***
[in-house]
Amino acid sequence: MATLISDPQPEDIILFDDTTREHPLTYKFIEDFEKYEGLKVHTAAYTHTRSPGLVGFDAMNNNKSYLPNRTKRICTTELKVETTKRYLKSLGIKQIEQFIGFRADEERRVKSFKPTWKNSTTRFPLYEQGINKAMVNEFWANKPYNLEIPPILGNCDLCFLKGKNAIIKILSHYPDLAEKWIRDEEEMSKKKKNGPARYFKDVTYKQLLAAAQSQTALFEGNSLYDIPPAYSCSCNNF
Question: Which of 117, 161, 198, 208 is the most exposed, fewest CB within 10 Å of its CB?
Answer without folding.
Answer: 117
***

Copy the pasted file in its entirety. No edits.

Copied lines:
[in-house]
Amino acid sequence: MATLISDPQPEDIILFDDTTREHPLTYKFIEDFEKYEGLKVHTAAYTHTRSPGLVGFDAMNNNKSYLPNRTKRICTTELKVETTKRYLKSLGIKQIEQFIGFRADEERRVKSFKPTWKNSTTRFPLYEQGINKAMVNEFWANKPYNLEIPPILGNCDLCFLKGKNAIIKILSHYPDLAEKWIRDEEEMSKKKKNGPARYFKDVTYKQLLAAAQSQTALFEGNSLYDIPPAYSCSCNNF
Question: Which of 117, 161, 198, 208 is the most exposed, fewest CB within 10 Å of its CB?
Answer without folding.
Answer: 117